Love Rejoices in the Truth

Agape love is truthful. Not only is it truthful, but it rejoices in the Truth. We don’t determine, change, or refine what is truth —that was done by God long ago. We don’t decide right or wrong —the Bible does that for us. The truth can be difficult to hear and sometimes even harder to speak. But it is necessary because it discerns and clarifies the big picture and points others to Jesus.


How we love others is a TRUE INDICATION of our personal walk with the Lord. Truthfully, my impatience is selfish. It focuses on me and not Jesus. The love that changes the lives of those around us is not about us at all. It’s not about our comforts or our own desires. Instead, it’s about surrender, even when it makes little sense. It’s about loving unlovable people. It’s about giving of ourselves and our time when we have little left to give. It’s about trust, loyalty, and intentionality. It’s about how we love others and point them to Jesus.

I believe many questions and disputes can be solved and reconciled by examining the condition of our own hearts. The next time you find yourself in a state of mind or heart strikingly different from this teaching of Paul —step away and consider the focus of your heart.

It’s not about rules; it’s not about “must do’s” and “must not do’s.” We debate rules, we argue, we attempt to discern, and we listen to the many thoughts of others. But Jesus —well, He always goes to the Heart. Our ability and willingness to love displays what our heart is filled with —what we truly value and place our worth in. Our heart is behind everything we say, think, act, and do. The overflow of that is a picture of our soul and what we love and place our hope in.

Our heart is behind all that we do. It can either bring forth clarity or cause confusion. It can answer questions and shed light, or it can breed chaos. Our heart can focus on the problem or deliver solutions. Don’t believe me? Think about the many questions that circle our brains…

  • I’m not sure how to navigate my day.

    • The priorities of your day are navigated by the desires of your heart?

  • I don’t know my plans.

    • It depends on what you are planning for. The earthly or the eternal?

  • I’m hurt —and I don’t know how to respond.

    • It depends on whether you are trying to focus on yourself, alleviating only your pain, or selflessly and intentionally seeking unity to grow God’s Kingdom.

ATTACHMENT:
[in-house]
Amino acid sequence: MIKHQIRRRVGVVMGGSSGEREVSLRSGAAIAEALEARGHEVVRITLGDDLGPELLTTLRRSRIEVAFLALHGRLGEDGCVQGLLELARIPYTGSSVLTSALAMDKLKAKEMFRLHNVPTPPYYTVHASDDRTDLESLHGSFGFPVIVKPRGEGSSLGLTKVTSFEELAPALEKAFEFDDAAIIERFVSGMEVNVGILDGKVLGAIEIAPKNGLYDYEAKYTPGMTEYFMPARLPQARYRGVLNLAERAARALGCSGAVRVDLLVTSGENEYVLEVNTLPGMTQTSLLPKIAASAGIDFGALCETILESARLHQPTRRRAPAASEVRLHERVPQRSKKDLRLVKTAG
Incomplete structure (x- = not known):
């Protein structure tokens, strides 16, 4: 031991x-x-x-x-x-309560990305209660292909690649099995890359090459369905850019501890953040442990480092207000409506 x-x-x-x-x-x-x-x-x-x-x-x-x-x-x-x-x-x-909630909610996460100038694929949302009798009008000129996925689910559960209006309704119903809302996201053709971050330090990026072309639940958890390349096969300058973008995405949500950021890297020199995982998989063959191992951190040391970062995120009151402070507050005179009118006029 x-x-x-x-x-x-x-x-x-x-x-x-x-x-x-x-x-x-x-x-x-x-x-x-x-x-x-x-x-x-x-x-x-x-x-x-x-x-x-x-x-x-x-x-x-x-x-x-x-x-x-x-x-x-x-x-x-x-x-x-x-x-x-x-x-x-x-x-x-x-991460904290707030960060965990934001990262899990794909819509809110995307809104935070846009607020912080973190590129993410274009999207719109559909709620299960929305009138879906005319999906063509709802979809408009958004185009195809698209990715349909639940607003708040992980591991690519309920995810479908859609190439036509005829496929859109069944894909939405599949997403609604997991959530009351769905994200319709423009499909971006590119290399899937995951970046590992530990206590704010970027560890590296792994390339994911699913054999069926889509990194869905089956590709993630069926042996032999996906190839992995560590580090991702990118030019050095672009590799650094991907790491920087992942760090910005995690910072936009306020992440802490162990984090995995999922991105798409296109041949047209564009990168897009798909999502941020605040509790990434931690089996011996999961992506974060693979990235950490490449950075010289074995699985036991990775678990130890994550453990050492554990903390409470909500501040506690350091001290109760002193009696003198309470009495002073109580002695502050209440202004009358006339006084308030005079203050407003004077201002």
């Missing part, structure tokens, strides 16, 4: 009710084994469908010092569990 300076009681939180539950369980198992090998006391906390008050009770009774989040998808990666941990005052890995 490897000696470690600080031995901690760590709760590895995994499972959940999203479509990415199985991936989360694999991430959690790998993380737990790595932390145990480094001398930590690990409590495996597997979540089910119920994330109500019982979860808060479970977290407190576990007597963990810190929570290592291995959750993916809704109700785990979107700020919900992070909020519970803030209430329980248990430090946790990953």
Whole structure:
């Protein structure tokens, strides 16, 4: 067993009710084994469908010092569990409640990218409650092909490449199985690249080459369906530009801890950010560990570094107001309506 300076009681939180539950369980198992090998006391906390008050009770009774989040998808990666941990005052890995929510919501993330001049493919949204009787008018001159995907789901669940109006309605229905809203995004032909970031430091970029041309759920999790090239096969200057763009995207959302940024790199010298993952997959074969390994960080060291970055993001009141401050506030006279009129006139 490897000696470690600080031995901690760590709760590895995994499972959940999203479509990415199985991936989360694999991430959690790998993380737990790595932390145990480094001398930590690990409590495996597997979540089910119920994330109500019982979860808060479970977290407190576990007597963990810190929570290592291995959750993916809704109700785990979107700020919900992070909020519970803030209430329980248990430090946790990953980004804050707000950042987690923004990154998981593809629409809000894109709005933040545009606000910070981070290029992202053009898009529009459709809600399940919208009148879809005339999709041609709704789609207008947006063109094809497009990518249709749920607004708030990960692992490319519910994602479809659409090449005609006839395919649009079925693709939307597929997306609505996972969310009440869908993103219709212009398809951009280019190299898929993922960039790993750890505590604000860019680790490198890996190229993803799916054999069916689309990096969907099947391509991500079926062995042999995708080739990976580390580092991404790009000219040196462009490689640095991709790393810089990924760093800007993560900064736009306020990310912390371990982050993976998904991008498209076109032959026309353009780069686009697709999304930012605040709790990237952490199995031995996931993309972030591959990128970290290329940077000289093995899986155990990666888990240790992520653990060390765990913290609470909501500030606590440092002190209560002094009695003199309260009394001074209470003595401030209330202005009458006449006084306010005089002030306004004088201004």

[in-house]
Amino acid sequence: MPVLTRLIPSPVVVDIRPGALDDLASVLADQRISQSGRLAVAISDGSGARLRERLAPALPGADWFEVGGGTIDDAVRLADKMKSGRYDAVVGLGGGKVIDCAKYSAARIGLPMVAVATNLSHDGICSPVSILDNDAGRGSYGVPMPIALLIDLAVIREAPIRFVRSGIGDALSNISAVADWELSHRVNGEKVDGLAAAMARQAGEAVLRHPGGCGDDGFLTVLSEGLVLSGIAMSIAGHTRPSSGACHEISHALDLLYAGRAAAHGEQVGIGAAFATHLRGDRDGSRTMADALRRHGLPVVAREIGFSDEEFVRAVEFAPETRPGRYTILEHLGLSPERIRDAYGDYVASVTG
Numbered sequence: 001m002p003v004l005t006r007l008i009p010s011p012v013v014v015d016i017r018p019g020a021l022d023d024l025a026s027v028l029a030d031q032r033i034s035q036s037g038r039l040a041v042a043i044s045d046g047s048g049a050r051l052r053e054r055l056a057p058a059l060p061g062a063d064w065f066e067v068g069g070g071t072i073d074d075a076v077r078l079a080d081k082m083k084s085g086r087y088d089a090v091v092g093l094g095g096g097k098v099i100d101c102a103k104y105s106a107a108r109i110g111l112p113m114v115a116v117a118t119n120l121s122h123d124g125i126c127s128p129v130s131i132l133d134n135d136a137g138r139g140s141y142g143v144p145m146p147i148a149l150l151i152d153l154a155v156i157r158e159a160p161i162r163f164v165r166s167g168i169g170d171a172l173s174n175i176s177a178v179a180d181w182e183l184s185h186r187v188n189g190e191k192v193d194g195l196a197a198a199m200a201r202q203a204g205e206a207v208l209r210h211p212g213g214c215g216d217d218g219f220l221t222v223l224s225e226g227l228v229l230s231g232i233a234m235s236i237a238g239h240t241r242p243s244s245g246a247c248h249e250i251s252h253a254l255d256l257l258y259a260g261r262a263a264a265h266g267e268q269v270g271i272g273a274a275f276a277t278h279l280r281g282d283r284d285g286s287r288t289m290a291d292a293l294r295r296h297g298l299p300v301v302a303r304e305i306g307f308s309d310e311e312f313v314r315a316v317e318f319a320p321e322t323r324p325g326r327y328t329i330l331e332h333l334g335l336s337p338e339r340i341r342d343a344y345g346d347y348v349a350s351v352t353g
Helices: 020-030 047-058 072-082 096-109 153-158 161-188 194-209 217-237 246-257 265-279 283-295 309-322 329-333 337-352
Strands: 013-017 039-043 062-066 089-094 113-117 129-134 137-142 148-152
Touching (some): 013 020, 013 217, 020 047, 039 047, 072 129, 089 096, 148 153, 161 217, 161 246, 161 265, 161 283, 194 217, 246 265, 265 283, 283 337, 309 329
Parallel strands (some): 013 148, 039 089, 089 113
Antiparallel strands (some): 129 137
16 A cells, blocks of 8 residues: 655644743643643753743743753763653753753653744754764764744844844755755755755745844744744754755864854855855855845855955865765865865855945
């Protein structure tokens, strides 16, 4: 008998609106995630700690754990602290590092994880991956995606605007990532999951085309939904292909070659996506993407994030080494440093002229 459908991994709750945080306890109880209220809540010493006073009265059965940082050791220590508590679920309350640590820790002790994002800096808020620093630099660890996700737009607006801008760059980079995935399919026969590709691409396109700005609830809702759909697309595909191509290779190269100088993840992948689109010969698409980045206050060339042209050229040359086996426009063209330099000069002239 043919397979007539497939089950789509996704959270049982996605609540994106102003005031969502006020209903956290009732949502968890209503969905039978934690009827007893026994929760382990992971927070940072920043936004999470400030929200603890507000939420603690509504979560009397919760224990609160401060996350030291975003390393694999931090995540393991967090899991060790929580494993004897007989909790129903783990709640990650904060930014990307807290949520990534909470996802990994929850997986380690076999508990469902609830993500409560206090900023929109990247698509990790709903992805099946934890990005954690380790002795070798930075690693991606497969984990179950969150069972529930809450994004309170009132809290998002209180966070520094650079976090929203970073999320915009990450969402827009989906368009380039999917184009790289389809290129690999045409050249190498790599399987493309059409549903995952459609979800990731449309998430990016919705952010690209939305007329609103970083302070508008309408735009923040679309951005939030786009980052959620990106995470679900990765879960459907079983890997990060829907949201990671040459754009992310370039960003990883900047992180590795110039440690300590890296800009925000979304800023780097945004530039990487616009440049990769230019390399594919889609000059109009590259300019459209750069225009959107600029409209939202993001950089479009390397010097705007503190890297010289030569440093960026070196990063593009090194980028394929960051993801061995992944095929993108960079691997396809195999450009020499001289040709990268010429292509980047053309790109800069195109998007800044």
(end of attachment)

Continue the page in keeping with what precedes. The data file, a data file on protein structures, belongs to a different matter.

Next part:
• I’m confused —I don’t know the right path.

    • There is only one right path, and that path is the one that leads to Christ.

  • And the one I hear most often…. I WISH I KNEW MY PURPOSE!

I truly am so thankful for the many people who have loved me. Because of the power of God moving within them, they pointed me to Jesus over and over again with intentional kindness and purposeful acts of love.

Share this post with someone who has truly impacted your life because of the goodness of God in them and how they have loved and pointed you to HIM!


Are you using “Finding Joy in May” as your monthly Bible Reading Plan? We have just completed 1 Corinthians and are beginning 2 Corinthians. If not, and you are interested, check it out here. This book is available to download and print or purchase as a paperback.

For those of you reading below, I have summarized some of the context and background of 2 Corinthians.

Just like 1 Corinthians, 2 Corinthians was written by the Apostle Paul around AD 55-56. In this letter, Paul continues to humbly bring clarity to the Gospel message. Paul encourages the Corinthians to love and serve their fellow Christians in Judea by highlighting the importance of unity, service, and support within the body of Christ. Through his own life and ministry, Paul reveals how his suffering is intertwined with the power of the Holy Spirit. This powerful testimony serves as a model for the Corinthians by showing how they are to live faithfully, even in trials, by relying on God's strength and grace.

*** For those who may not know, Joyfully has designed a premium online community that we wanted to invite you to join. Each week, I share notes from my personal quiet time, answer questions, and encourage thoughtful discussion threads to foster encouragement and accountability. Additionally, when you subscribe, you'll enjoy unlimited access to Joyfully HIS resources that support your walk with God. Click here for your 7-day free trial.

Joyfully HIS,

Jennifer N. Pearson